Herman Cain’s 9-9-9: Why Tech Should Pay Attention

by Steve Wildstrom   |   October 20th, 2011

Herman Cain photoThis site doesn’t usually cover politics  and I promise we won’t make a habit of it. But in a previous life, I used to write about tax policy and I still follow the topic closely. I’ve been intrigued by Republican presidential candidate Herman Cain’s 9-9-9 tax program. And in trying to make sense of the very skeletal proposal, I have realized it could pose huge problems for the tech industry with what is effectively a 9% tariff on imported goods.

The key element is the “9% flat business tax.” Cain’s protests notwithstanding, this is a value added tax, with an important and disturbing twist. Economists define a business’ value added as gross revenues less the cost of goods purchased or, equivalently, as the cost of labor plus profit.

Here’s the one-sentence description from Cain’s web site of just what will be taxed at 9%: “Gross income less all purchases from other U.S. located businesses, all capital investment, and net exports.” The devil is in the phrase “other U.S. located businesses.” In the unlikely even this ever became law, hundreds of pages of the Internal Revenue Code would be taken up defining a “U.S. located business.” Are Intel chips from a fab in Israel the product of a U.S. located business? What about a Boeing aircraft with components from all over the world?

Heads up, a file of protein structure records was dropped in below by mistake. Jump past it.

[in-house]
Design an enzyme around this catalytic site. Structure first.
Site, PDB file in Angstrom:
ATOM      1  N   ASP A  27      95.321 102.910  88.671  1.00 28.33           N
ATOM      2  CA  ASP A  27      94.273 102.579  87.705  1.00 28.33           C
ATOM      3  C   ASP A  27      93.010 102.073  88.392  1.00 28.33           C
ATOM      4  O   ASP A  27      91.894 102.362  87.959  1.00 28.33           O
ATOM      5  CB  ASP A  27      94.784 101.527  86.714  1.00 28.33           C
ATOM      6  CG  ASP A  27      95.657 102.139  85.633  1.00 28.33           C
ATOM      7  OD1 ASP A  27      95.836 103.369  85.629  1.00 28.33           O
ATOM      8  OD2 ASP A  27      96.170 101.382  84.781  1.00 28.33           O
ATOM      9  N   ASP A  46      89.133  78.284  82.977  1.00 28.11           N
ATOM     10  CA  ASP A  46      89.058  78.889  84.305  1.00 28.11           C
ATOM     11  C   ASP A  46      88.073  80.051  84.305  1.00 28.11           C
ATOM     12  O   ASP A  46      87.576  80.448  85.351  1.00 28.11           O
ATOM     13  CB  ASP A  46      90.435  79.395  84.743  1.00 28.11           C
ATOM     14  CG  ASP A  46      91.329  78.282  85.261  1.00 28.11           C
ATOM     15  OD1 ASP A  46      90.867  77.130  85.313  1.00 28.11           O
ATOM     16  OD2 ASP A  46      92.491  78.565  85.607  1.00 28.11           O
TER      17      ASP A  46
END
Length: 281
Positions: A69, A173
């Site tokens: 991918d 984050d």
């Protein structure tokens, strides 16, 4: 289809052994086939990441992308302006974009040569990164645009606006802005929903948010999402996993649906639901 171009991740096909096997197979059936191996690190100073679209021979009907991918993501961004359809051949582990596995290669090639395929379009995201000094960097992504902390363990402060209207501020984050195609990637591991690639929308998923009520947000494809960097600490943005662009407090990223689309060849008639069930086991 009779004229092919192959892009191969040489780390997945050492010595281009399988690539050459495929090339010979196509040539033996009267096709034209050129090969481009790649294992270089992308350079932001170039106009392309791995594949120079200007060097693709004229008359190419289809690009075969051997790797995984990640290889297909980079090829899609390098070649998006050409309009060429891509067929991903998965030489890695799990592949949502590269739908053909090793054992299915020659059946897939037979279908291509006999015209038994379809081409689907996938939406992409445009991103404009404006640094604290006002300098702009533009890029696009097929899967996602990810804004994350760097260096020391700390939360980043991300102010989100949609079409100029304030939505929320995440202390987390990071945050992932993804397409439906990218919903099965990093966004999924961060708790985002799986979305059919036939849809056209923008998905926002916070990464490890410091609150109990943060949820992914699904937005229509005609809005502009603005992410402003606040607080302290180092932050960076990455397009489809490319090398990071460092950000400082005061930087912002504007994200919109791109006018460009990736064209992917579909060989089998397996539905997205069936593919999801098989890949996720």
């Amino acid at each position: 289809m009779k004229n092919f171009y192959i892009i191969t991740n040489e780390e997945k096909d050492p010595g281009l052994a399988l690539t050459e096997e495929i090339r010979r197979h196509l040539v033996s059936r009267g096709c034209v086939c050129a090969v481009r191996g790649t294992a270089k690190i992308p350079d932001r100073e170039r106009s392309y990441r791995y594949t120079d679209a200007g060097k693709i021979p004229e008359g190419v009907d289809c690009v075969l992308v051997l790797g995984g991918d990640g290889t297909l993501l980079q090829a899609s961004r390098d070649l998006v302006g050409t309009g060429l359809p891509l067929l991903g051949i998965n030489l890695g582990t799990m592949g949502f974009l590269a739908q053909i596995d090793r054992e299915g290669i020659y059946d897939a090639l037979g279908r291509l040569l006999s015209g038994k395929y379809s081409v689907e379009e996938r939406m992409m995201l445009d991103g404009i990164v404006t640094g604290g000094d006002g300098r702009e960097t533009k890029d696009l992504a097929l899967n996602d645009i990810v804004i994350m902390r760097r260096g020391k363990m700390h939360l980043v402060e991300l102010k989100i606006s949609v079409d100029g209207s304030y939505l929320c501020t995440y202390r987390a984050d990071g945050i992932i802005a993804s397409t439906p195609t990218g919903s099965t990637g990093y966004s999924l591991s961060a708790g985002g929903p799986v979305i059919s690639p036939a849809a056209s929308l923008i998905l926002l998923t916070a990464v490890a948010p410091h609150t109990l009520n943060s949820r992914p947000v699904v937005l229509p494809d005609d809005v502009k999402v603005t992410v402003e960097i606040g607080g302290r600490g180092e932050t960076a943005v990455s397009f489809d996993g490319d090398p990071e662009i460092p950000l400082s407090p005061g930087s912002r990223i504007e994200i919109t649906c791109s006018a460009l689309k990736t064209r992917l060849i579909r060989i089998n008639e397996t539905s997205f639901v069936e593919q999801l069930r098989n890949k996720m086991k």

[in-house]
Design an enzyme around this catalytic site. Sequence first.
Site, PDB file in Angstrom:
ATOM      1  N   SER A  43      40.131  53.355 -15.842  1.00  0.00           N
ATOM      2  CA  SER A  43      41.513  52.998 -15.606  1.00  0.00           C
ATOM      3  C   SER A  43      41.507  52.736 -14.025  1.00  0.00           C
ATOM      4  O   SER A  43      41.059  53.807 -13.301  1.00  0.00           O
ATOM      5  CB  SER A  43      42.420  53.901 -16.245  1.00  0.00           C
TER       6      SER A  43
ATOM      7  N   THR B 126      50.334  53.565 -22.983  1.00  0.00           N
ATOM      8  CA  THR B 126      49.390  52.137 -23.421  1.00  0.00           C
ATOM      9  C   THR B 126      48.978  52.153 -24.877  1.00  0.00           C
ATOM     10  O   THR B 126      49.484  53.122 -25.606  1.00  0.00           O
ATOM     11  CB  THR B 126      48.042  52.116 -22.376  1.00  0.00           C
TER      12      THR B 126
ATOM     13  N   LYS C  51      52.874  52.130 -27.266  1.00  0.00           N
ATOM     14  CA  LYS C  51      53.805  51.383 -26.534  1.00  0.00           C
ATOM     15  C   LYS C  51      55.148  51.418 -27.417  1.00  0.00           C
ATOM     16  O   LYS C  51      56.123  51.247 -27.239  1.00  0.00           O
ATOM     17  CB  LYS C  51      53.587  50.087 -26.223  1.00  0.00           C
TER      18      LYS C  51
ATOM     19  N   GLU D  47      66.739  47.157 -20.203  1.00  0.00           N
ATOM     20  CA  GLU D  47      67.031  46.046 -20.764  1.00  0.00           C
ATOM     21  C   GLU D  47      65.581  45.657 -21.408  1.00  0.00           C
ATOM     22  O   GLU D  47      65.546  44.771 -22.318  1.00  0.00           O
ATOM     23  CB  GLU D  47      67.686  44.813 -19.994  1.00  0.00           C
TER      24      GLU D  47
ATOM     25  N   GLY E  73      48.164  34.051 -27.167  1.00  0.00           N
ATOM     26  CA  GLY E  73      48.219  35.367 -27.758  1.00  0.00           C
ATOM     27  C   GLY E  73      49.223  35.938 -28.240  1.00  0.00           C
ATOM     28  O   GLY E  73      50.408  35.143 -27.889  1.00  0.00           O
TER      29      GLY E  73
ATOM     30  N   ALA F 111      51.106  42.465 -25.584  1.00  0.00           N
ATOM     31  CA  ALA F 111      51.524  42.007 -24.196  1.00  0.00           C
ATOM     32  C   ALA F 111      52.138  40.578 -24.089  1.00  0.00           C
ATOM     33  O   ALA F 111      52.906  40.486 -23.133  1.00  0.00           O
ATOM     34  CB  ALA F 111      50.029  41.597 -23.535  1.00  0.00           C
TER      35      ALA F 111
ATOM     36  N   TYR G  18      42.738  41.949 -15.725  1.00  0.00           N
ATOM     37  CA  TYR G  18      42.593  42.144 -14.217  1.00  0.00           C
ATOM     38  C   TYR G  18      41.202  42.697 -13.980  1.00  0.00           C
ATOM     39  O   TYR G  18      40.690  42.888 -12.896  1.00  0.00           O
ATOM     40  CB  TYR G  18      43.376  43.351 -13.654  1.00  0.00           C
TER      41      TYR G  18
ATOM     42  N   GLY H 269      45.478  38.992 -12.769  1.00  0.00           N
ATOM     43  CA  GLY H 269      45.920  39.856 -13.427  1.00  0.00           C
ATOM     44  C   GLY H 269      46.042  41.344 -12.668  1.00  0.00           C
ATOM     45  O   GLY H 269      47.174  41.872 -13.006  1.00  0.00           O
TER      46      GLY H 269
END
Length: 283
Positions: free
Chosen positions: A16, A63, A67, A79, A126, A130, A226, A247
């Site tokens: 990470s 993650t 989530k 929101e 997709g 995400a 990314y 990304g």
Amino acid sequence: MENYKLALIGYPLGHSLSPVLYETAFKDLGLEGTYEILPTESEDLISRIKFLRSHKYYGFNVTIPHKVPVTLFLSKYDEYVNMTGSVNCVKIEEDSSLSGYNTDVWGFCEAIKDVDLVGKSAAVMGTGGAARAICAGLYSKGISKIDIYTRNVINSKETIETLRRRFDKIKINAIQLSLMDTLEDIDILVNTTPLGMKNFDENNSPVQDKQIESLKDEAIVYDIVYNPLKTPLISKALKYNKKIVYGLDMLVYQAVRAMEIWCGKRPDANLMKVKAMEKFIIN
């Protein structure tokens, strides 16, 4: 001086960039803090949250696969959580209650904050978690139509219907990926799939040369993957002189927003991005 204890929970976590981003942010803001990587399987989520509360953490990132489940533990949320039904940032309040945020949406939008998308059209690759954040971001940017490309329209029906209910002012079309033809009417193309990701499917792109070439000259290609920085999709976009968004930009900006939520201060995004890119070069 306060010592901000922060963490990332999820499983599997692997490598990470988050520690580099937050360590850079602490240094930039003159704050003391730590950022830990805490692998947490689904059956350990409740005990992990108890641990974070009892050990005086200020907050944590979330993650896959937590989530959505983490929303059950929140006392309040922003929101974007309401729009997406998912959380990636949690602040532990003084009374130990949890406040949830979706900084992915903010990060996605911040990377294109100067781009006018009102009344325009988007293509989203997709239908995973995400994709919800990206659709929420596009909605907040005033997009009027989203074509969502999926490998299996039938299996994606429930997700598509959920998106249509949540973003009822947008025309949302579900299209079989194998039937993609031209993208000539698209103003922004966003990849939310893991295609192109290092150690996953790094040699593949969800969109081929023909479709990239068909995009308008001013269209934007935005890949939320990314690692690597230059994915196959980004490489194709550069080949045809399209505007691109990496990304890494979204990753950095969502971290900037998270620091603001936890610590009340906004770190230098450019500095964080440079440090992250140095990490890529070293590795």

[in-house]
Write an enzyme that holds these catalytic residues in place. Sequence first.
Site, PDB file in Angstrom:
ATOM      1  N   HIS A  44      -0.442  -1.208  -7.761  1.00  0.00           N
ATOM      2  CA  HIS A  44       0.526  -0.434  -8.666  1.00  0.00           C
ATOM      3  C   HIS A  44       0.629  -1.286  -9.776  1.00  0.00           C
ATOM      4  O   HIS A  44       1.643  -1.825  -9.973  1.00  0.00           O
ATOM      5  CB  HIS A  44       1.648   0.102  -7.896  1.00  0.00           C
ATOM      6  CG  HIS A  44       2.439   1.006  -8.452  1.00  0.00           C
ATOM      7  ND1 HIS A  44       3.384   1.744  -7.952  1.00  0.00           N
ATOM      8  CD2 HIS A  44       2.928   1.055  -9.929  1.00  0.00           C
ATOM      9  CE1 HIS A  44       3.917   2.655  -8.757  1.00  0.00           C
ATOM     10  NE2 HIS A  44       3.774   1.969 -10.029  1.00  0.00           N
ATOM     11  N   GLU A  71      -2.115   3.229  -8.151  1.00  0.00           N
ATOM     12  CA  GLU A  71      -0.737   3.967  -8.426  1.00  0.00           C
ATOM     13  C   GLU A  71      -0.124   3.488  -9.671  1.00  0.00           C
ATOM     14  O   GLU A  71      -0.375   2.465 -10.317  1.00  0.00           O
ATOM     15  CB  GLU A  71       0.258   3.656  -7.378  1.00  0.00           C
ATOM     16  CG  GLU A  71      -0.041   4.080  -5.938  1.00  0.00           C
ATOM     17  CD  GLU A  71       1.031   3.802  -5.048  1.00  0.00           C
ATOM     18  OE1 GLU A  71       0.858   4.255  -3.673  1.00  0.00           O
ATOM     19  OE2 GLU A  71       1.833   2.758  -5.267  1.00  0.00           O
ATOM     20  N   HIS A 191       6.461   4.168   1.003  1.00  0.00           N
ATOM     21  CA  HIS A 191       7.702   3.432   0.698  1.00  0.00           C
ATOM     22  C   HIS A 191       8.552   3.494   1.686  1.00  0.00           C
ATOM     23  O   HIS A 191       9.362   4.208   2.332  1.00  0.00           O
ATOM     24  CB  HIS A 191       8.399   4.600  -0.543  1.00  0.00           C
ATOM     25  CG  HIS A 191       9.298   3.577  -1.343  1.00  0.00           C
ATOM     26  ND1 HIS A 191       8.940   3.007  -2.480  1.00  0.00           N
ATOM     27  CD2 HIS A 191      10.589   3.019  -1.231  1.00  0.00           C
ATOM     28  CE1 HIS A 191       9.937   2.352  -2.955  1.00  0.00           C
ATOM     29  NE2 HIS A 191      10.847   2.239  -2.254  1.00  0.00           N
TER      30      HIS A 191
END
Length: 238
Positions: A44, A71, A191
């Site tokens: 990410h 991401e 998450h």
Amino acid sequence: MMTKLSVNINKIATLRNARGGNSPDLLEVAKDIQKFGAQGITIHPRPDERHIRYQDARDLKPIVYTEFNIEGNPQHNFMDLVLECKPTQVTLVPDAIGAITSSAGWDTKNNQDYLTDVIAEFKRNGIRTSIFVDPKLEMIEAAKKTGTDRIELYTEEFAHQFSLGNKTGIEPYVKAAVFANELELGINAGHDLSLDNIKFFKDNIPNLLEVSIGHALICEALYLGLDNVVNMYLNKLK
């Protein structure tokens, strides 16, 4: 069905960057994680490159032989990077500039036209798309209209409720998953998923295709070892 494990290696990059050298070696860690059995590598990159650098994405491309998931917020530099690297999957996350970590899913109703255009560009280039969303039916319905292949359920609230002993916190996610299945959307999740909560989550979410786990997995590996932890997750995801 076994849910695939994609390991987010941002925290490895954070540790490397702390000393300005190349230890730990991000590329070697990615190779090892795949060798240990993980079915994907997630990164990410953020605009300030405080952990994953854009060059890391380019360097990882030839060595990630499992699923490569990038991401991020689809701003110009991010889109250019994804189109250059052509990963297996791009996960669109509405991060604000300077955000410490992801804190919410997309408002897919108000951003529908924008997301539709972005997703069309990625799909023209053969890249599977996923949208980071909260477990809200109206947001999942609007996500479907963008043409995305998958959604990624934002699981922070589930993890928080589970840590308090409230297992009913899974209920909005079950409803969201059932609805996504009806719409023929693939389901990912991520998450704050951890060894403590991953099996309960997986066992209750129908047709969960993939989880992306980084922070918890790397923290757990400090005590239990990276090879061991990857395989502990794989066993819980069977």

If we assume Cain intends to limit the deduction to goods produced in the U.S., this is big trouble. Effectively, it increases the cost of foreign goods by 9% relative to U.S.-produced competition, the same as a tariff (and as such it would almost certainly be found illegal by the World Trade Organization.) Most countries that impose value added taxes allow them to be rebated on exported goods (that would be the effect of Cain’s net exports exclusion) but do not discriminate based on the source of goods purchased.

If Cain wants to argue that structuring a tax this way is necessary to revive U.S. manufacturing, it’s an interesting issue. But he should recognize that it is a major change both in tax and trade policy. And tech should realize that it is a serious threat to the system of global manufacturing that is at the heart of the industry.

 

 

Steve Wildstrom

Steve Wildstrom is veteran technology reporter, writer, and analyst based in the Washington, D.C. area. He created and wrote BusinessWeek’s Technology & You column for 15 years. Since leaving BusinessWeek in the fall of 2009, he has written his own blog, Wildstrom on Tech and has contributed to corporate blogs, including those of Cisco and AMD and also consults for major technology companies.
  • Walt French

    “Effectively, it increases the cost of foreign goods by 9% relative to U.S.-produced competition, the same as a tariff (and as such it would almost certainly be found illegal by the World Trade Organization.)”

    Methinks you’re taking Cain entirely too seriously. His appeal to Republicans is because he gives great punchy comments, and he doesn’t hedge his positions… the way that actual elected officials (e.g., Romney, for example) have to do to make laws.

    And more generally, when people realize that this shifts EVEN MORE of the tax burden on the 99% while giving the 1% a relatively free ride, there’s no way the bearer of the plan makes it thru the general election.

    • http://techpinions.com/about-tech-pinions/steve-wildstrom Steve Wildstrom

      I don;t think Cain will ever be president and I don’t think his tax plan would become law if he did. Still, the man is currently leading nearly all polls for the Republican nomination and he has built his entire campaign around this cockamamie tax plan. So it behooves us to pay at least some attention.